Changes To Tuition Rules Among 6 Amendments On LA Ballot

BATON ROUGE, La. (AP) — Louisiana's higher education leaders want voters to give them the authority to raise tuition rates on college campuses without needing legislative approval. They just can't push too hard because of limits on public employee advocacy for and endorsements of ballot items.

         The proposed constitutional change, which would end the requirement of a two-thirds vote of state lawmakers for college tuition and fee hikes, is the highest profile constitutional amendment of six awaiting voters on the Nov. 8 ballot.

         Others would change Louisiana's corporate tax structure, create a new state trust fund and rewrite budget-cutting rules. Lawmakers passed the six proposals earlier this year, but voters need to sign off on them to take effect.

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         The most attention-grabbing proposal, Amendment No. 2, touches the wallets of students and parents. It would end a near-annual struggle between public colleges and universities and state lawmakers over whether to boost tuition and fees.

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         Instead, that decision would be left to the state's four public college system management boards to decide the appropriate rates to charge students.

         Higher education leaders pushed to take over the authority, and campus chancellors, alumni and others are speaking to community groups and local media about the idea in a grassroots effort to build support.

         But they're leaving the direct, pro-amendment advocacy to a group funded by business leaders and alumni that is planning billboards, digital advertising and a social media push ahead of the election.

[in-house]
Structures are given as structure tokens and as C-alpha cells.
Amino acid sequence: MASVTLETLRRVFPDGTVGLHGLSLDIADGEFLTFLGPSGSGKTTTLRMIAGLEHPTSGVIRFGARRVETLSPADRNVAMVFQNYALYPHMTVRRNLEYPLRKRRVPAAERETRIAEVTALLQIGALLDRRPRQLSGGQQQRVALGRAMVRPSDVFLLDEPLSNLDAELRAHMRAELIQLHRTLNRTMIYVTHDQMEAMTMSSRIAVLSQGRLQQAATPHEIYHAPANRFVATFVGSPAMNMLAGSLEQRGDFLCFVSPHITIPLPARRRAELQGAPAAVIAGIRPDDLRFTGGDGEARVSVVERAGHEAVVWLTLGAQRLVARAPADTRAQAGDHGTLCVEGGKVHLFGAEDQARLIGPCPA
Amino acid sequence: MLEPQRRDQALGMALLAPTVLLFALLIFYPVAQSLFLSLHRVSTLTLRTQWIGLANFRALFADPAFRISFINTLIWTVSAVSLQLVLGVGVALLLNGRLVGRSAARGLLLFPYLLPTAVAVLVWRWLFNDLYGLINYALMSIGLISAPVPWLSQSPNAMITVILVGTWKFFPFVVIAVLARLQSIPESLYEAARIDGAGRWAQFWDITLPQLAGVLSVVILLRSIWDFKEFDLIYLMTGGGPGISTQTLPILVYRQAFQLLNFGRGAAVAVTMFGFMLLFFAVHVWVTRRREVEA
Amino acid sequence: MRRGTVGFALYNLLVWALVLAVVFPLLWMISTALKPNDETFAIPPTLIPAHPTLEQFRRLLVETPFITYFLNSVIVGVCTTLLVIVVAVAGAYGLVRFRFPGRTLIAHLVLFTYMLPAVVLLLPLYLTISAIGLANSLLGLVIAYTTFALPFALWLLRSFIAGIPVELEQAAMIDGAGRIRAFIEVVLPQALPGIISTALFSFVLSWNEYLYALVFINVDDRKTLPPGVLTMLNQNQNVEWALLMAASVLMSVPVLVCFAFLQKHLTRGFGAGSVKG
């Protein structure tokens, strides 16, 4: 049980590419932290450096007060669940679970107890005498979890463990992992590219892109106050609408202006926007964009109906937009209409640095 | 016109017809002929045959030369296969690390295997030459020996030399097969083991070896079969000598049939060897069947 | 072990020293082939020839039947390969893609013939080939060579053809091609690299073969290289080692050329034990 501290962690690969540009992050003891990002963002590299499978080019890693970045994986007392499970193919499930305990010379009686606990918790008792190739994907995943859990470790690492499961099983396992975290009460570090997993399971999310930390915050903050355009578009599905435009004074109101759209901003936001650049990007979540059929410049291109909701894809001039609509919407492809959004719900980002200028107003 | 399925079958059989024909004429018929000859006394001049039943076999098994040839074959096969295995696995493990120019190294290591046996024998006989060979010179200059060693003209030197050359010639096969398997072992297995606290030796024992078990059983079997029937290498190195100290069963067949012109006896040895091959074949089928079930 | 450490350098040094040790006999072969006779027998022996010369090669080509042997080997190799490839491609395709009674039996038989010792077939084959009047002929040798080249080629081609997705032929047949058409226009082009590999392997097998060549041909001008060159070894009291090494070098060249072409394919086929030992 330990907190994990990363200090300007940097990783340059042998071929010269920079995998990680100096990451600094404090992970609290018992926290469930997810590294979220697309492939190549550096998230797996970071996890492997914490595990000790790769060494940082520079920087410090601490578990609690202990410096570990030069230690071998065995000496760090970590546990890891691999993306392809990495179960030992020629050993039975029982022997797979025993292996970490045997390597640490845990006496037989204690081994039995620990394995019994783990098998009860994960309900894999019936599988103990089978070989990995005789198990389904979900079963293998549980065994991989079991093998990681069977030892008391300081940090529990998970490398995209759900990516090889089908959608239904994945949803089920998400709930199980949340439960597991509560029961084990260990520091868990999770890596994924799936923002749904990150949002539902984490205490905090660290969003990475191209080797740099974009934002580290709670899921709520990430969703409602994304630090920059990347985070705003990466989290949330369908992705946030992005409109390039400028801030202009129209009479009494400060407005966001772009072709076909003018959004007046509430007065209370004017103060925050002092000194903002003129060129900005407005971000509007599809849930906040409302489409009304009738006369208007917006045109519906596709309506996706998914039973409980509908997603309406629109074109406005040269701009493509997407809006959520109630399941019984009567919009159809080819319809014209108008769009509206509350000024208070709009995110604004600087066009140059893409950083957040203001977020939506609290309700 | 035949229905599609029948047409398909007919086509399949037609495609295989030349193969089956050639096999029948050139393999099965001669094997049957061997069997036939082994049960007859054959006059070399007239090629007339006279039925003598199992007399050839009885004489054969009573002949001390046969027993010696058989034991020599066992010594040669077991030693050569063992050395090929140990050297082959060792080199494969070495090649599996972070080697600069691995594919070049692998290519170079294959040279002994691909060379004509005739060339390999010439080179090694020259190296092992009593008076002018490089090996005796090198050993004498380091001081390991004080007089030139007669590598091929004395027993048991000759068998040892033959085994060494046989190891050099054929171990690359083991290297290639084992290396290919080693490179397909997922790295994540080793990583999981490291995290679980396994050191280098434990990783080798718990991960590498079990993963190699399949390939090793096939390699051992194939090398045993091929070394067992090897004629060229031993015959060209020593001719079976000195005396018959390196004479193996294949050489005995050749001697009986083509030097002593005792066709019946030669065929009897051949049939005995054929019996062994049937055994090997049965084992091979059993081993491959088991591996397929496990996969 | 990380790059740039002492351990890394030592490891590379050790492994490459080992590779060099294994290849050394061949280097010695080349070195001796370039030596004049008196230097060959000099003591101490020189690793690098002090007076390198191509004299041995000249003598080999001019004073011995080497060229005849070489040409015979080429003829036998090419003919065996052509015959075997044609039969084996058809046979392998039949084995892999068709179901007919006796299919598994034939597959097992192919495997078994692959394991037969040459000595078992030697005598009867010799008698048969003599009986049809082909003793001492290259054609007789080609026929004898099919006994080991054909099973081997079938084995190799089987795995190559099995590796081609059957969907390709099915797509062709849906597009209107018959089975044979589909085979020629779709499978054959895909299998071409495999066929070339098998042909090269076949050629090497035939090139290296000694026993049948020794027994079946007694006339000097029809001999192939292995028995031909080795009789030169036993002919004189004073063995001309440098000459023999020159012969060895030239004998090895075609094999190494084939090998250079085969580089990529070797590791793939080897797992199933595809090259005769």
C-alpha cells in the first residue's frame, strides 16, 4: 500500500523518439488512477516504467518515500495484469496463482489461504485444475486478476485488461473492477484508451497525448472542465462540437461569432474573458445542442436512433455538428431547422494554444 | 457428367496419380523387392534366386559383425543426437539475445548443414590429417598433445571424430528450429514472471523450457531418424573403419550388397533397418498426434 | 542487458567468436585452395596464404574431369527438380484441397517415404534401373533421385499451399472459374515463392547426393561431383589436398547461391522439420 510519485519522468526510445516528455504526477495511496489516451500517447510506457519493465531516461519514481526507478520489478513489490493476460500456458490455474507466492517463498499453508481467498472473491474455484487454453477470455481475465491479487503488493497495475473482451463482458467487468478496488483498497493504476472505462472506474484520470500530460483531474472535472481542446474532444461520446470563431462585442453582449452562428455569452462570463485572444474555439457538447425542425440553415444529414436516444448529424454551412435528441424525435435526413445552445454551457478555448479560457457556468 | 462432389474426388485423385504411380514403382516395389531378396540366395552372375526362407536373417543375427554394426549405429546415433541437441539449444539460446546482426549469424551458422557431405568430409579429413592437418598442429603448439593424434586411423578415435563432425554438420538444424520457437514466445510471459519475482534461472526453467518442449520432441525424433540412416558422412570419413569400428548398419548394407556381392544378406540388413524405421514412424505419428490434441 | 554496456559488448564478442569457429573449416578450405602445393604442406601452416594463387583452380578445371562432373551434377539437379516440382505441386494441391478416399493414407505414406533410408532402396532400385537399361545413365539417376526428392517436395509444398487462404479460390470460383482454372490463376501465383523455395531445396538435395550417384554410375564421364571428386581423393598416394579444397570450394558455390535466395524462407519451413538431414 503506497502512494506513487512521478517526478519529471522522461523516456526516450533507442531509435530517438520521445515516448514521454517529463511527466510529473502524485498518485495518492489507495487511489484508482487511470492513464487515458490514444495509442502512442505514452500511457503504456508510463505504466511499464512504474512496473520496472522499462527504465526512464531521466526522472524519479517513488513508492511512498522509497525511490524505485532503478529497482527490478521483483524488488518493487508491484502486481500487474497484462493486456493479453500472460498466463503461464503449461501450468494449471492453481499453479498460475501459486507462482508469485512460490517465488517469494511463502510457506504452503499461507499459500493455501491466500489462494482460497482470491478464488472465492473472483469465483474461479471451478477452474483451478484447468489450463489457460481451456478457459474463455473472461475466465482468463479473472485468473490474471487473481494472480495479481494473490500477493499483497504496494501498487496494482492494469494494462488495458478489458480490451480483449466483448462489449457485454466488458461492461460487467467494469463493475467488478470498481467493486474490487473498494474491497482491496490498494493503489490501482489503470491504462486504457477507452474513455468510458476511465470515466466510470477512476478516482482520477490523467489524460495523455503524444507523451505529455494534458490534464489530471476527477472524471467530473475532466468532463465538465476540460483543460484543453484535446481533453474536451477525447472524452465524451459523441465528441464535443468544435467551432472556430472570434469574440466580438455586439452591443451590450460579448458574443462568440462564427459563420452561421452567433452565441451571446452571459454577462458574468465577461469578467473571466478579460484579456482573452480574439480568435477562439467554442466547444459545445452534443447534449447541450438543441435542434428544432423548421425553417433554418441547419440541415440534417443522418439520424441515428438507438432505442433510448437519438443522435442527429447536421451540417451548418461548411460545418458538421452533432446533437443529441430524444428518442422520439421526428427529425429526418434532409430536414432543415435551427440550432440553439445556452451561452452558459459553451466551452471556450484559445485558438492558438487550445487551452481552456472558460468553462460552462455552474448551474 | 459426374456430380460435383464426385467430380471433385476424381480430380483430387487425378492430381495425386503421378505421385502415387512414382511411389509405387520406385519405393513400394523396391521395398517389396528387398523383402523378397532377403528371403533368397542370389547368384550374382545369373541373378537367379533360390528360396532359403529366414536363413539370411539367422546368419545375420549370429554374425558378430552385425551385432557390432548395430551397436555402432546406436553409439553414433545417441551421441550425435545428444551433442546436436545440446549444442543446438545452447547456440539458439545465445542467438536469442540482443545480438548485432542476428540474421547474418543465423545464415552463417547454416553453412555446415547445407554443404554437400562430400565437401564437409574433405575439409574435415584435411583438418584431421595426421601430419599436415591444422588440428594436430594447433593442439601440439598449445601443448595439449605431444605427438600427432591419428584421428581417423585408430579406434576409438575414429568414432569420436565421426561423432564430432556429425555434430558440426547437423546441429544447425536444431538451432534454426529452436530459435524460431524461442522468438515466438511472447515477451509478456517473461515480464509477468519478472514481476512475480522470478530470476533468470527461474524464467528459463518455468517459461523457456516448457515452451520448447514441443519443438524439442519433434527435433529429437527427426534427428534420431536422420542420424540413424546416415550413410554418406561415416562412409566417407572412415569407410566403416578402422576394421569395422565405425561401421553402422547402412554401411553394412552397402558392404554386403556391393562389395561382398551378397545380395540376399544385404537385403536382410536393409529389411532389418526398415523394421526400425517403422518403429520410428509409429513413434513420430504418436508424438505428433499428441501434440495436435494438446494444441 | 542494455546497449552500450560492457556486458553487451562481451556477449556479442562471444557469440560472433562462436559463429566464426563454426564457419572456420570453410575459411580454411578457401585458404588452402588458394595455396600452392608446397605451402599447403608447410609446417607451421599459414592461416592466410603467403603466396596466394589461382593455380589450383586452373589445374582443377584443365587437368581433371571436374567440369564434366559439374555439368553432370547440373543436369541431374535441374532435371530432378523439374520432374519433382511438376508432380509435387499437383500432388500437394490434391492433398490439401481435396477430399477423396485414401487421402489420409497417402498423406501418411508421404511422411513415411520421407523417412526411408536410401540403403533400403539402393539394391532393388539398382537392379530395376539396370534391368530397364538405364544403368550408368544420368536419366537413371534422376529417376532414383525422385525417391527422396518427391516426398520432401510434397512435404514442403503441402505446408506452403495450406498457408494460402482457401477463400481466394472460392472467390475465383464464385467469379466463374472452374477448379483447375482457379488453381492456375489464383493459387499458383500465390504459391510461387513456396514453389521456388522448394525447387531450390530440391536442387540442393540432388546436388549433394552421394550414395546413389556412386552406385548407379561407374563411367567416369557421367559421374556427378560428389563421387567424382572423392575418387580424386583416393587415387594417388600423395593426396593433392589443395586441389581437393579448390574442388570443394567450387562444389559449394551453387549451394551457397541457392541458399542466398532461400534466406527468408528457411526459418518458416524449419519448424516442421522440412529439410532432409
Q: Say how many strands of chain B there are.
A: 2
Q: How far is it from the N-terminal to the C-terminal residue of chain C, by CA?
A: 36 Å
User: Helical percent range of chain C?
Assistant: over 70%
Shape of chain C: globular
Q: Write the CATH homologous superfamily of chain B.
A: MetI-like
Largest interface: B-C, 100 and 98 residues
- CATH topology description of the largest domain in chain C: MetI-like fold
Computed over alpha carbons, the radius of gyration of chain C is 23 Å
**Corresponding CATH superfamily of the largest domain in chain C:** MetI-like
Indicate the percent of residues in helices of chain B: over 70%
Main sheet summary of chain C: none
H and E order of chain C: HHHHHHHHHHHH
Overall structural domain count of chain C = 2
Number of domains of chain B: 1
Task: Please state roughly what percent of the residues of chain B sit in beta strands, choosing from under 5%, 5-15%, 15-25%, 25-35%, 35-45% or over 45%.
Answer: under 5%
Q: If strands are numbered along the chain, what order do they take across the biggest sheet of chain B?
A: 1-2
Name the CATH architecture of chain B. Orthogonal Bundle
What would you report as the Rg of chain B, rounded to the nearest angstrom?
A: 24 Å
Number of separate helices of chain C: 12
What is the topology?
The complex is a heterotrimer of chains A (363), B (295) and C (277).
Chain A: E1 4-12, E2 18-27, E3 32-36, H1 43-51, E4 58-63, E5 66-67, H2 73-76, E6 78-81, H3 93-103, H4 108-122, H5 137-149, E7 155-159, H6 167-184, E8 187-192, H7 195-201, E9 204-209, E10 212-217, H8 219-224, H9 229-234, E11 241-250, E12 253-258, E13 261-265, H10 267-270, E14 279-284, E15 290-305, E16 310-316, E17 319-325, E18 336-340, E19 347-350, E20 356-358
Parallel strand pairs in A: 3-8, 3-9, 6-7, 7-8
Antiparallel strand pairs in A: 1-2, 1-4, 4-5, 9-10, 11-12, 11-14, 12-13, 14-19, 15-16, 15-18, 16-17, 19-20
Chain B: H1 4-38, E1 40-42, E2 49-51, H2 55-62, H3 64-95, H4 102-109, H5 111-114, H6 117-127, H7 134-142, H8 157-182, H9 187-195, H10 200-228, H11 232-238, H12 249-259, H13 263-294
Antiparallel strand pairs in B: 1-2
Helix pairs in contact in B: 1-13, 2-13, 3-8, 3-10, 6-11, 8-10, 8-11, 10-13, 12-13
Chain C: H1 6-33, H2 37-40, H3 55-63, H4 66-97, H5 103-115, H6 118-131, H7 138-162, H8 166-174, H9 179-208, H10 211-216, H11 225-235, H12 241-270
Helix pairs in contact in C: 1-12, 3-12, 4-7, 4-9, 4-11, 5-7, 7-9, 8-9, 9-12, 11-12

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         Louisiana voters are being asked to consider reworking state business taxes.

         The question on the ballot for Amendment No. 3 asks voters if they agree to do away with a tax break that allows businesses to deduct the federal income taxes they pay from their state tax liability. If voters approve, corporations in exchange would be taxed at a flat rate of 6.5 percent, rather than varying rates from 4 percent to 8 percent.

         The changes would take effect in 2017.

         Supporters of the idea said the changes would do away with an unpredictable tax break that fluctuates based on federal tax laws and simplify the state's business tax structure. Opponents said it could raise business taxes.



         One of the most complex amendment proposals on the ballot, Amendment No. 5, would create a new trust fund to help Louisiana cope with the wide fluctuations of oil prices and corporate tax collections, in an attempt to give the state more budget stability.

         If approved, state dollars from corporate tax collections above $600 million annually and a slice of oil and gas revenue above $660 million each year would be socked away in a new Revenue Stabilization Trust Fund.

         Once the fund reaches $5 billion, up to 10 percent could be spent on construction projects and roadwork, but not ongoing government services and programs. Another portion of oil and gas money would pay down state retirement debt.

         It's unclear when Louisiana would reach the benchmarks that would force money into the trust fund or debt payments.



         Top of the list, Amendment No. 1 would enact residency, education and experience qualifications for new registrars of voters.

         Amendment No. 4 would exempt the surviving spouses of military personnel, police officers or firefighters killed in the line of duty from having to pay local property taxes on their homes.

         The final proposal, Amendment No. 6, would make it easier for lawmakers to tap into protected funds when the state faces financial troubles.

         More detailed, nonpartisan information on the amendments, including arguments for and against each proposal, is available in a guide issued by the Public Affairs Research Council of Louisiana here:

         – by AP Reporter Melinda Deslatte



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